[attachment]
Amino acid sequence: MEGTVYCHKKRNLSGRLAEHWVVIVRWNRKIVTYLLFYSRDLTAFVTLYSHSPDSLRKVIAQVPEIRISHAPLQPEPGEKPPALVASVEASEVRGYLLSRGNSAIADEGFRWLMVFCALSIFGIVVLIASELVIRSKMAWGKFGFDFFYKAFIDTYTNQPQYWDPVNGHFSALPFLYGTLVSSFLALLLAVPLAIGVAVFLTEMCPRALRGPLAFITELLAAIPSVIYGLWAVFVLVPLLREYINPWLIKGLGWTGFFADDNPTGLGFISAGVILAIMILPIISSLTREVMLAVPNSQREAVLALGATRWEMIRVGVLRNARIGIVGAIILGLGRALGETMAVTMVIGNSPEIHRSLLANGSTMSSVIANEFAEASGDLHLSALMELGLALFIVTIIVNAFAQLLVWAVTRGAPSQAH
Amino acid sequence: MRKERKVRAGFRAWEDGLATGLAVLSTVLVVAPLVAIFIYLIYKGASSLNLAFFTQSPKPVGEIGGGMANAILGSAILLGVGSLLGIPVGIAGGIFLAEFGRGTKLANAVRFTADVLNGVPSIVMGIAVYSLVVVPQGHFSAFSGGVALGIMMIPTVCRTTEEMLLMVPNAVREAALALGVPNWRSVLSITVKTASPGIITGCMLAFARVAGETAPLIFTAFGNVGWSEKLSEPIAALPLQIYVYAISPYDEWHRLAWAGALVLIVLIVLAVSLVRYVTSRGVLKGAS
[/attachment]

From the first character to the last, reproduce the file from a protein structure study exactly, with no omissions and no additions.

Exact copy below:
Amino acid sequence: MEGTVYCHKKRNLSGRLAEHWVVIVRWNRKIVTYLLFYSRDLTAFVTLYSHSPDSLRKVIAQVPEIRISHAPLQPEPGEKPPALVASVEASEVRGYLLSRGNSAIADEGFRWLMVFCALSIFGIVVLIASELVIRSKMAWGKFGFDFFYKAFIDTYTNQPQYWDPVNGHFSALPFLYGTLVSSFLALLLAVPLAIGVAVFLTEMCPRALRGPLAFITELLAAIPSVIYGLWAVFVLVPLLREYINPWLIKGLGWTGFFADDNPTGLGFISAGVILAIMILPIISSLTREVMLAVPNSQREAVLALGATRWEMIRVGVLRNARIGIVGAIILGLGRALGETMAVTMVIGNSPEIHRSLLANGSTMSSVIANEFAEASGDLHLSALMELGLALFIVTIIVNAFAQLLVWAVTRGAPSQAH
Amino acid sequence: MRKERKVRAGFRAWEDGLATGLAVLSTVLVVAPLVAIFIYLIYKGASSLNLAFFTQSPKPVGEIGGGMANAILGSAILLGVGSLLGIPVGIAGGIFLAEFGRGTKLANAVRFTADVLNGVPSIVMGIAVYSLVVVPQGHFSAFSGGVALGIMMIPTVCRTTEEMLLMVPNAVREAALALGVPNWRSVLSITVKTASPGIITGCMLAFARVAGETAPLIFTAFGNVGWSEKLSEPIAALPLQIYVYAISPYDEWHRLAWAGALVLIVLIVLAVSLVRYVTSRGVLKGAS